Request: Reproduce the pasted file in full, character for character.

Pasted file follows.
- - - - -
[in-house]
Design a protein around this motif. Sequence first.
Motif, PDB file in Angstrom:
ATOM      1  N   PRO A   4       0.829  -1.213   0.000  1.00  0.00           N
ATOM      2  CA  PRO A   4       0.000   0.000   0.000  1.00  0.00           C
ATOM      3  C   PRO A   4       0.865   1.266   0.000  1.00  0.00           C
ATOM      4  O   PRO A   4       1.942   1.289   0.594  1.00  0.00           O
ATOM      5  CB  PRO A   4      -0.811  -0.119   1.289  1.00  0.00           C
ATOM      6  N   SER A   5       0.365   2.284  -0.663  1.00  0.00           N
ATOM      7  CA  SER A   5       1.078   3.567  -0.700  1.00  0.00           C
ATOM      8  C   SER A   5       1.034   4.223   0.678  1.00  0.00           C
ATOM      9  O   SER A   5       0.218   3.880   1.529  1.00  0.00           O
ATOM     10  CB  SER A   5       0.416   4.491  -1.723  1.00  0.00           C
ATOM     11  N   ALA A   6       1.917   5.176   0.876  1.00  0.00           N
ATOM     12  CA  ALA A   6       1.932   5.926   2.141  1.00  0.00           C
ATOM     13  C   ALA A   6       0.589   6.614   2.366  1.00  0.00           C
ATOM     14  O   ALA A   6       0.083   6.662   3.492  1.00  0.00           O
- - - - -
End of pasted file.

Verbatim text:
[in-house]
Design a protein around this motif. Sequence first.
Motif, PDB file in Angstrom:
ATOM      1  N   PRO A   4       0.829  -1.213   0.000  1.00  0.00           N
ATOM      2  CA  PRO A   4       0.000   0.000   0.000  1.00  0.00           C
ATOM      3  C   PRO A   4       0.865   1.266   0.000  1.00  0.00           C
ATOM      4  O   PRO A   4       1.942   1.289   0.594  1.00  0.00           O
ATOM      5  CB  PRO A   4      -0.811  -0.119   1.289  1.00  0.00           C
ATOM      6  N   SER A   5       0.365   2.284  -0.663  1.00  0.00           N
ATOM      7  CA  SER A   5       1.078   3.567  -0.700  1.00  0.00           C
ATOM      8  C   SER A   5       1.034   4.223   0.678  1.00  0.00           C
ATOM      9  O   SER A   5       0.218   3.880   1.529  1.00  0.00           O
ATOM     10  CB  SER A   5       0.416   4.491  -1.723  1.00  0.00           C
ATOM     11  N   ALA A   6       1.917   5.176   0.876  1.00  0.00           N
ATOM     12  CA  ALA A   6       1.932   5.926   2.141  1.00  0.00           C
ATOM     13  C   ALA A   6       0.589   6.614   2.366  1.00  0.00           C
ATOM     14  O   ALA A   6       0.083   6.662   3.492  1.00  0.00           O